Government is best when it’s close to the people it affects
How can I miss you when you won’t go away?
I think that’s the title of a country song, but it reminds me of the recent “shutdown” of the federal government. The shutdown was supposedly only 17 percent of the actual functions of government, but they seemed to want us to miss them by closing some of the most visible parts like parks and websites. Forget about whose fault it was. What did we learn? Maybe the national government is too big and controls too much. If Colorado has to pay the federal government to open public lands, maybe the state should manage those resources.
I’m reminded by the shutdown that government works best when it’s closest to the people who are affected. When I hear testimony in committee hearings, it’s always the county commissioners and clerks who have the most to contribute. City councils and school boards deal with real issues, not abstractions and legality. They know and care about the people that they see on the street every day. Sure we need statewide laws and even some national level regulation and control, but did the shutdown teach us that we should always advocate for the least government operating at the most local level? I write this column and talk at every opportunity to try and raise awareness of and involvement in state and local government.
There are plenty of issues to talk about in the debate over appropriate levels of government. The shutdown reminded me most of the battles we fight in Colorado to deal with public lands issues. The use of “public” lands hits us particularly hard in western Colorado. I’ve talked about this in another article, and I’m preparing a bill for the upcoming session to help deal with some aspects of the problem.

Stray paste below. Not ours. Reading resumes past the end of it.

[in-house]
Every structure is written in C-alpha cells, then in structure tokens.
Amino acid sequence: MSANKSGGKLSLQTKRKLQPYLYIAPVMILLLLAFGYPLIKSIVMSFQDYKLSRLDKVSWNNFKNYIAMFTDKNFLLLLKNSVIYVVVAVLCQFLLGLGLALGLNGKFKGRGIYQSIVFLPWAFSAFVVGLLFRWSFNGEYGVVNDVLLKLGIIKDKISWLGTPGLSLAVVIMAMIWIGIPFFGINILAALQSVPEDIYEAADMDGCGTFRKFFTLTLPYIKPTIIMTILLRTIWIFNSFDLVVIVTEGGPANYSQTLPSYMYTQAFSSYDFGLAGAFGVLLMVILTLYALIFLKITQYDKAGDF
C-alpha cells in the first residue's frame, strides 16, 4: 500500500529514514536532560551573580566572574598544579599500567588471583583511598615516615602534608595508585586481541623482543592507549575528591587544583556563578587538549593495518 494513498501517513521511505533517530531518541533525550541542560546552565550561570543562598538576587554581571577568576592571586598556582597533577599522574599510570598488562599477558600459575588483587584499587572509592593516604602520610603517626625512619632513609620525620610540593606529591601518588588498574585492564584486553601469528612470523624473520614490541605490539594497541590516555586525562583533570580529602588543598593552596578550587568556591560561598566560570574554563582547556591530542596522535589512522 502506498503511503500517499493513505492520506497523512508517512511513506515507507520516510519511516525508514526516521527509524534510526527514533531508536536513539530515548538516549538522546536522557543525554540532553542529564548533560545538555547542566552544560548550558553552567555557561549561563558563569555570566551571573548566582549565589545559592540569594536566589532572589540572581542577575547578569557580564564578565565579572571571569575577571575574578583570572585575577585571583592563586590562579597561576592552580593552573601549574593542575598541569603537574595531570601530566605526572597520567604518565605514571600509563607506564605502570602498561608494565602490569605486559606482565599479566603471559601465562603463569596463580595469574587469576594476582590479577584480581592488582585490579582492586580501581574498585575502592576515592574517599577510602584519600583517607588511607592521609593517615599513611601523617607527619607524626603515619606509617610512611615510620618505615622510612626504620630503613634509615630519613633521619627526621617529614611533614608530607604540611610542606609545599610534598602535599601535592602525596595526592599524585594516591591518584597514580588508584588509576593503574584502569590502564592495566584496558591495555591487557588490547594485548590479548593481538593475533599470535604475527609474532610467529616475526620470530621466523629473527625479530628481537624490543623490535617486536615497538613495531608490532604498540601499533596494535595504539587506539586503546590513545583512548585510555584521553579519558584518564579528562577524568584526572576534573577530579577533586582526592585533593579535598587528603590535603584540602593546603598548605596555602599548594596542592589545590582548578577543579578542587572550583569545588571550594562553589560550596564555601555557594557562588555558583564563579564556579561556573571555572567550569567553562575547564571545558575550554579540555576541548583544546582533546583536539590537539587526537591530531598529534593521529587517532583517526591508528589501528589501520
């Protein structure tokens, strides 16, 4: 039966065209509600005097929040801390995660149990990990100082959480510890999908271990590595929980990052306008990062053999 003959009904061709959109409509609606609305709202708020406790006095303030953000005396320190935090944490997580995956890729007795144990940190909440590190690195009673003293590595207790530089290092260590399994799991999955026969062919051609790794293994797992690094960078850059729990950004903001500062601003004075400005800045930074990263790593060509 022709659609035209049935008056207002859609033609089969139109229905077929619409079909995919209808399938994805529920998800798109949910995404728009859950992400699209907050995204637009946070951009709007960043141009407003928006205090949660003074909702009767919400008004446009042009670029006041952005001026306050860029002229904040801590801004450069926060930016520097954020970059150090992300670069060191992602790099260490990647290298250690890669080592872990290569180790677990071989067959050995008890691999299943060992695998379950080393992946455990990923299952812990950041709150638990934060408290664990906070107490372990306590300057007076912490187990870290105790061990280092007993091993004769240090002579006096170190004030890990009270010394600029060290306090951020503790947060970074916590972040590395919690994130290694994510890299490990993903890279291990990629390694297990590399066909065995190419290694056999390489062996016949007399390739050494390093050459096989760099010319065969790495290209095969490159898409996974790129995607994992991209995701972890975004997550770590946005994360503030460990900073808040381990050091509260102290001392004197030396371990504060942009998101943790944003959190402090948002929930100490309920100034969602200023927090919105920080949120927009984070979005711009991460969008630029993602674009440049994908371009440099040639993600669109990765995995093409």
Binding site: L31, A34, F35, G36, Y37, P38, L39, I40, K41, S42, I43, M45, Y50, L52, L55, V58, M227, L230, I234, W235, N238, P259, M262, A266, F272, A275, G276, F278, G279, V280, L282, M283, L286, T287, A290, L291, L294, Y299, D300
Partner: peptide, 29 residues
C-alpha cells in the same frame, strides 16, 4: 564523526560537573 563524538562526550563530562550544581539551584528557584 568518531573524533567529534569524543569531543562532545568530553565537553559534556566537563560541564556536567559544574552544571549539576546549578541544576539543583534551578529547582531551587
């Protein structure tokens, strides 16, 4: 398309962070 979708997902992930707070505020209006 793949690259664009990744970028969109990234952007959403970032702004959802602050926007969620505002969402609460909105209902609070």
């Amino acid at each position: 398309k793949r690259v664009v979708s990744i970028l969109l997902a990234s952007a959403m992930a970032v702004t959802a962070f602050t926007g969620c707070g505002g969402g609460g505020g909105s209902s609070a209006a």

Bills have been introduced in Utah and Colorado that would have the federal government return all public lands to state control as was originally the intent when these lands were set aside. While those initiatives probably won’t ever come to fruition, less ambitious plans may work. Commissioner John Martin in Garfield County is working along with other counties to have the Forest Service return local roads to county control. He is also working to have some federal lands that evidently should have been set aside many years ago returned as state trust lands, creating a significant new source of public school funding.
It takes years to deal with environmental impact statements and lawsuits on almost every federal land issue. I don’t mean to disparage in any way the competency or professionalism of the federal land managers who are our friends and neighbors but perhaps decisions like the Thompson Divide, the Roan Plateau, environmental species protection, oil shale and grazing rights could be handled better if they were state issues.
Is the federal government too big? What about state government? What functions of government would we like to see more locally managed? I’ve been fascinated by my work on the house local government committee and visits with town and county managers. While I think government overall should be smaller and less intrusive in our lives, I also think we can work to make it better and fairer by moving it closer to the people.
“Under the Dome” appears on the second Tuesday of the month. State Rep. Bob Rankin, a Carbondale Republican, is in his first term in the state Legislature representing House District 57, which includes Garfield, Rio Blanco and Moffat counties.
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